Thursday, 11 October 2007

Visiting Mahabharata 27--The Plot (revisited in 2011)

Dhritarashtra is in a dilemma, while he was the king, it was really his brother Pandu who extended the land of the Kurus. On top of it Yudhishthira was older than his son Duryodhana. Bheeshma, Drona and Vidura were eloquent in their praise of Yudhishthira. Dhritarashra feeling constrained by all this installs Yudhishthira as the Yuvaraja. This as expected upsets Duryodhana and his brothers.

Meahwhile Duryodhana and Bheema learn the art of wielding the mace from the great Balarama. It transpires that Balarama becomes very fond of Duryodhana. Arjuna also finishes his education with Drona, who tells him that he is the greatest archer in the world, barring one and advises the obviously upset Arjuna to develop humility (Sad that this lesson in humility did not include Ekalavya.) and tells him that it is his cousin Krishna from the house of Vrishnis, who 'is the greatest of the greatest'. He also advises Arjuna to develop a friendship with Krishna.
Within one year Yudhishthira gains popularity with the people. Duryodhana being told of this fact by his spies reproaches his father for his rash act. Dhritarashtra tries to pacify him by telling him that after his brother's death that he had to accept Pandavas as his own. Anyway Duryodhana manages to convince his father to send the Pandavas away on some pretext to Varanavata for an year and he would try to gain acceptance of the people during that time. Dhritarashtra equally jealous of the popularity of his brother's son realises that his son has hatched a plot to ensure that the Pandavas would never come back, but keeps silent.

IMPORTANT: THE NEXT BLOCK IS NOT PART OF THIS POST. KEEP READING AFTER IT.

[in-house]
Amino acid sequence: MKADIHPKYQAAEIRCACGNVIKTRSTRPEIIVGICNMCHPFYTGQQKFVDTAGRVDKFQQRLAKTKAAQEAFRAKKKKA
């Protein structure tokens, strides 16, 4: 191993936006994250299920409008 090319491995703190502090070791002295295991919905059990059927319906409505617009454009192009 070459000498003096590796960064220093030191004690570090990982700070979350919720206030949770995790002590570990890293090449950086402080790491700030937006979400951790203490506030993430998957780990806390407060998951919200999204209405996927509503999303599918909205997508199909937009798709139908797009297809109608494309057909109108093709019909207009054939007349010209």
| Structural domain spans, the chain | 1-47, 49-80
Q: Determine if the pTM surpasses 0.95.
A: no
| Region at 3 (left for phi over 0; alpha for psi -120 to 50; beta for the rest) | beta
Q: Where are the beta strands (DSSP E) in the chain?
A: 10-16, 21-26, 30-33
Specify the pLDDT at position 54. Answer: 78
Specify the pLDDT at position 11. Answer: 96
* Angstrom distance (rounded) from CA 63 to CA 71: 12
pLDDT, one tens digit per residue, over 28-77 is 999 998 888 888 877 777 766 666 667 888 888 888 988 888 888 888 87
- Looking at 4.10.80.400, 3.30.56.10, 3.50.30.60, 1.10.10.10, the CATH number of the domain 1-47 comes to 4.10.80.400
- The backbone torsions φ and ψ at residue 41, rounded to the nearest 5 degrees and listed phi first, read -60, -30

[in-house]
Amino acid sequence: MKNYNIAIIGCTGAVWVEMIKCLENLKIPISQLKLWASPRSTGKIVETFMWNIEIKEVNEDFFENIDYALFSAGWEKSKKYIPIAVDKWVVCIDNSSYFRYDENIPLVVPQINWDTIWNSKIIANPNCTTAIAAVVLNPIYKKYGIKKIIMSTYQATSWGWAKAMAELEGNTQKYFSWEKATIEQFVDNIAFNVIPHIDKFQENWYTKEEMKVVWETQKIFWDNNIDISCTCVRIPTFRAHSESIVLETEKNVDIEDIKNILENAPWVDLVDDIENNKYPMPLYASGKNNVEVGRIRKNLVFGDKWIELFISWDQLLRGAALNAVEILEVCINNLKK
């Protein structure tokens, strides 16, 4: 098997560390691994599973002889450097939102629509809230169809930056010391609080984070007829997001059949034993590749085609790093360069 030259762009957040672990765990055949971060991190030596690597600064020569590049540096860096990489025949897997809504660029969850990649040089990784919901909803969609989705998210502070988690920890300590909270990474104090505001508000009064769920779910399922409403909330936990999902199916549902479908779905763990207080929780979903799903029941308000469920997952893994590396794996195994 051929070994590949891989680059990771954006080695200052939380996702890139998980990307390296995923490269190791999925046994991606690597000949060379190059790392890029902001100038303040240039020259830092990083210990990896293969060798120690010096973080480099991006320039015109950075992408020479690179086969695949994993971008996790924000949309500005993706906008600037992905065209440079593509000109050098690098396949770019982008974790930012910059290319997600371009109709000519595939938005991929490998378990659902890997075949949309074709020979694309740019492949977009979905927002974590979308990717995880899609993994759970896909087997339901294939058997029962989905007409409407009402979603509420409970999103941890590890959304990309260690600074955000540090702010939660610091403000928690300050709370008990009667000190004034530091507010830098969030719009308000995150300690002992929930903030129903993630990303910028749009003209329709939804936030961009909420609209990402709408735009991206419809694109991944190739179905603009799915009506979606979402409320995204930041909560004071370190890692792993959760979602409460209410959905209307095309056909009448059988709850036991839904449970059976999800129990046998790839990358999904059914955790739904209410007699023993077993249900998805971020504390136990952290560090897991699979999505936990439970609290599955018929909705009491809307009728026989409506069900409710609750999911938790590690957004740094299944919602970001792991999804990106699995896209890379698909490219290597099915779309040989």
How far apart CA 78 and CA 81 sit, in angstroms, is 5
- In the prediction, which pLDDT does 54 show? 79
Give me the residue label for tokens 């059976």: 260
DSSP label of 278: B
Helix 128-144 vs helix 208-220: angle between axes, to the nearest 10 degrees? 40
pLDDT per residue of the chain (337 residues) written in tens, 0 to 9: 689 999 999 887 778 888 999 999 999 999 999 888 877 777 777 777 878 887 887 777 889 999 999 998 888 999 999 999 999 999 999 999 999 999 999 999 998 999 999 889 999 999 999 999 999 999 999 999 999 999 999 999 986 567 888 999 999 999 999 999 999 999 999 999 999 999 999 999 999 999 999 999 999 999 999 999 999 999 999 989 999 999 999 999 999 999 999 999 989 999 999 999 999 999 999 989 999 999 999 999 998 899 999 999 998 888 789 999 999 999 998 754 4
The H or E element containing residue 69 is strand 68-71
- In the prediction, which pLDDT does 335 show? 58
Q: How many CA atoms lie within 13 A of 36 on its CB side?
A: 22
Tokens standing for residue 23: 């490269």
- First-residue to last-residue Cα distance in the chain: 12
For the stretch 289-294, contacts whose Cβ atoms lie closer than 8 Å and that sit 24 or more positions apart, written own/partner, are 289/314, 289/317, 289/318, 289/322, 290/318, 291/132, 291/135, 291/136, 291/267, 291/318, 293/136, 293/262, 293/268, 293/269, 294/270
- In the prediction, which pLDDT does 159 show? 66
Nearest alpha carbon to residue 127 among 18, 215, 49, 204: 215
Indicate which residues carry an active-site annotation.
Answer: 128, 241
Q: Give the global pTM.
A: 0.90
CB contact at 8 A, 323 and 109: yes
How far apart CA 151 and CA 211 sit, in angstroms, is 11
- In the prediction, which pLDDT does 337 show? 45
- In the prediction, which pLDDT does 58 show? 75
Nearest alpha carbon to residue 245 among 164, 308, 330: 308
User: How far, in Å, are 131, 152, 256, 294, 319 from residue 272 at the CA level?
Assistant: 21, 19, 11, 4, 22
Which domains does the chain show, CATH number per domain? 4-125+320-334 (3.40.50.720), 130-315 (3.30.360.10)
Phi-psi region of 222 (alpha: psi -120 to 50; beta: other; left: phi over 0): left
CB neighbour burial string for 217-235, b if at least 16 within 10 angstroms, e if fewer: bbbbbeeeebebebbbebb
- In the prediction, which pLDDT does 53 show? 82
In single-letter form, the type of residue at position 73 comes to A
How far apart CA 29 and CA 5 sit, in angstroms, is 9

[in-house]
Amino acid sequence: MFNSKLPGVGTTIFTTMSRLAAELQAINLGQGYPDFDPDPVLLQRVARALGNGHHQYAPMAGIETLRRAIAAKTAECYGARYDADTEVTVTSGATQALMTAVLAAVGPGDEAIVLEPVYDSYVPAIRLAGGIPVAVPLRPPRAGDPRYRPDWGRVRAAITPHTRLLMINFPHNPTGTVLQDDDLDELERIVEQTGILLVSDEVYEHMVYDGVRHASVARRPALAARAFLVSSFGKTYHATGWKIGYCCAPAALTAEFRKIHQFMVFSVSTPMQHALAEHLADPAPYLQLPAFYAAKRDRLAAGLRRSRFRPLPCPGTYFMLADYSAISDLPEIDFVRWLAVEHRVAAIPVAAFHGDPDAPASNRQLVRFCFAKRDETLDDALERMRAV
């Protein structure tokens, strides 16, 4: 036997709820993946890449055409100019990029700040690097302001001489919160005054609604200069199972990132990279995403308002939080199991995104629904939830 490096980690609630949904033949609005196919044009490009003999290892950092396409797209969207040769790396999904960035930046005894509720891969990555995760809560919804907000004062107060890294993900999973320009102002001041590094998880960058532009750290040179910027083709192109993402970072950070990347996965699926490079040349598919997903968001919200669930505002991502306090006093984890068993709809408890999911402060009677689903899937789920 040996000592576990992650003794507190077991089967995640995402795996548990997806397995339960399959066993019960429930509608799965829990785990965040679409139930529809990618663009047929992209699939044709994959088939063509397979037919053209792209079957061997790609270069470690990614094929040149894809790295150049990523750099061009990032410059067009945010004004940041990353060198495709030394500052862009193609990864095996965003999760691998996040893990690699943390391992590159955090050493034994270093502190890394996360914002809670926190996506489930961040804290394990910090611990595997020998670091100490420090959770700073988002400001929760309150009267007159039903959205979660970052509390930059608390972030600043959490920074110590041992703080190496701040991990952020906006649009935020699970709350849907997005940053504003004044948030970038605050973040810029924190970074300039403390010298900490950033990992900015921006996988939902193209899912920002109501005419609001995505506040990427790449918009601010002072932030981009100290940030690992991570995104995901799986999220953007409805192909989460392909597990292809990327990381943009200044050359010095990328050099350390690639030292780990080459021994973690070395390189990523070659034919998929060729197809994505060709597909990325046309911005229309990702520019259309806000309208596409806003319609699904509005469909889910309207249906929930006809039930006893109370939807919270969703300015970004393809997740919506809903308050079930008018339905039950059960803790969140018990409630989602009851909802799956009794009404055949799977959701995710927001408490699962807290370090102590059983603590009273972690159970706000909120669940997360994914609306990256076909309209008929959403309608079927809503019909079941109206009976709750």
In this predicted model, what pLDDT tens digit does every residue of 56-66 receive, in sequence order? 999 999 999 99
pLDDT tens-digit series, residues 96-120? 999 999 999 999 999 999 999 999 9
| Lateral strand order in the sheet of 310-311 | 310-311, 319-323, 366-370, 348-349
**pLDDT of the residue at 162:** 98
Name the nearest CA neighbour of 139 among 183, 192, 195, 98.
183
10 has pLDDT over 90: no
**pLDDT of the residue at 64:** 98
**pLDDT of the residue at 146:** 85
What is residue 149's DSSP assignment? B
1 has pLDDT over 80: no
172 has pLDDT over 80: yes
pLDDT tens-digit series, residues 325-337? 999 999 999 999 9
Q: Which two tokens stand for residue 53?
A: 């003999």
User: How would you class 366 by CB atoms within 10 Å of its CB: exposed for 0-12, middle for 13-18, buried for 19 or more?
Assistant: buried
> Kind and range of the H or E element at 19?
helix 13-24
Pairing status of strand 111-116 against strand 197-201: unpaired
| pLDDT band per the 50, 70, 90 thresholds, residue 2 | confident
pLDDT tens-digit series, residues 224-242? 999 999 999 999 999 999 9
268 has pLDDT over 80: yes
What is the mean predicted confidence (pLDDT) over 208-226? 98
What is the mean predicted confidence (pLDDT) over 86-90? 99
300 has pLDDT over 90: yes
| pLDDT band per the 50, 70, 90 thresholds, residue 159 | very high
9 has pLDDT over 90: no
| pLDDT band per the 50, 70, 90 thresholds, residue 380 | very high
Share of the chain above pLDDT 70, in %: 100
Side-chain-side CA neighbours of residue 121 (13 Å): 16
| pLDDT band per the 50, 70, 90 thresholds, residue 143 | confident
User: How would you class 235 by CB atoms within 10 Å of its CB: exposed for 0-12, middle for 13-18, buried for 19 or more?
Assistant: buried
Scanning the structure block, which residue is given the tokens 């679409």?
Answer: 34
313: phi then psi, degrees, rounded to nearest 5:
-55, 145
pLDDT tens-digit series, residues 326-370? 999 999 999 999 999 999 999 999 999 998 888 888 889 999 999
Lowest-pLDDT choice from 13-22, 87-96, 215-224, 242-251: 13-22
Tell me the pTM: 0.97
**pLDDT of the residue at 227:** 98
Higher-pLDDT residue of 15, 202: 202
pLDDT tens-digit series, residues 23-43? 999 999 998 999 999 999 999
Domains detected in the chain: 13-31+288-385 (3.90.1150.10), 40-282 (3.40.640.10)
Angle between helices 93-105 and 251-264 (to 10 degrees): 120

Dhritarashtra also seeks advice from one Kanika a friend of Sakuni, who advises him to get rid of Pandavas by killing them.

(So the plot thickens as the saying goes! It appears that succession of Kings, father to son, was not always the rule. It appears that Dhritharashtra had to do choose Yudhishthira as the yuvaraja because of his popularity with the people. Advise by Kanika is equally revealing, covert action by statesmen, it seems is as ancient as history!
My mind wanders a bit and I wonder whether wielding a mace was all strength and skill or were there mantras that imparted special powers. It would be interesting to know if there was a 'Bramhaastra' like in the case of shooting arrows.)

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